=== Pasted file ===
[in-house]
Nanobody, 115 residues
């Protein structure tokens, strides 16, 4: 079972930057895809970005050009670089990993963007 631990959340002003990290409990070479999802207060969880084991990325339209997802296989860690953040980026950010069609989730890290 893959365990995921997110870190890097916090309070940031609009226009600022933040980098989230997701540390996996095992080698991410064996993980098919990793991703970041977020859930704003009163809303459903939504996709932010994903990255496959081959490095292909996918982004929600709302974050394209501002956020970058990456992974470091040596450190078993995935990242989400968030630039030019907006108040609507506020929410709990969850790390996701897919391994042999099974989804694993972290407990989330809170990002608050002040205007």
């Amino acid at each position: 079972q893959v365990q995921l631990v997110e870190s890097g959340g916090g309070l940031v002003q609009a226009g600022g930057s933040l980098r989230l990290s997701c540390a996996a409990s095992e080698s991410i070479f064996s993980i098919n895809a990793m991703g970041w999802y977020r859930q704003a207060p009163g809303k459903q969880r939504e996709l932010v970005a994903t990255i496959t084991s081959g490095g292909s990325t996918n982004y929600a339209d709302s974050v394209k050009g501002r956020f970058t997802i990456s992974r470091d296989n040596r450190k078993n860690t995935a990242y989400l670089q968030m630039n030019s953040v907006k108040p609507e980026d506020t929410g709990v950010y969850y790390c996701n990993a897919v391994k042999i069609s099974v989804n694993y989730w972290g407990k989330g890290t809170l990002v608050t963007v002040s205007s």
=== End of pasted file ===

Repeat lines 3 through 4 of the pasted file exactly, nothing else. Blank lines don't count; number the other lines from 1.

């Protein structure tokens, strides 16, 4: 079972930057895809970005050009670089990993963007 631990959340002003990290409990070479999802207060969880084991990325339209997802296989860690953040980026950010069609989730890290 893959365990995921997110870190890097916090309070940031609009226009600022933040980098989230997701540390996996095992080698991410064996993980098919990793991703970041977020859930704003009163809303459903939504996709932010994903990255496959081959490095292909996918982004929600709302974050394209501002956020970058990456992974470091040596450190078993995935990242989400968030630039030019907006108040609507506020929410709990969850790390996701897919391994042999099974989804694993972290407990989330809170990002608050002040205007």
């Amino acid at each position: 079972q893959v365990q995921l631990v997110e870190s890097g959340g916090g309070l940031v002003q609009a226009g600022g930057s933040l980098r989230l990290s997701c540390a996996a409990s095992e080698s991410i070479f064996s993980i098919n895809a990793m991703g970041w999802y977020r859930q704003a207060p009163g809303k459903q969880r939504e996709l932010v970005a994903t990255i496959t084991s081959g490095g292909s990325t996918n982004y929600a339209d709302s974050v394209k050009g501002r956020f970058t997802i990456s992974r470091d296989n040596r450190k078993n860690t995935a990242y989400l670089q968030m630039n030019s953040v907006k108040p609507e980026d506020t929410g709990v950010y969850y790390c996701n990993a897919v391994k042999i069609s099974v989804n694993y989730w972290g407990k989330g890290t809170l990002v608050t963007v002040s205007s």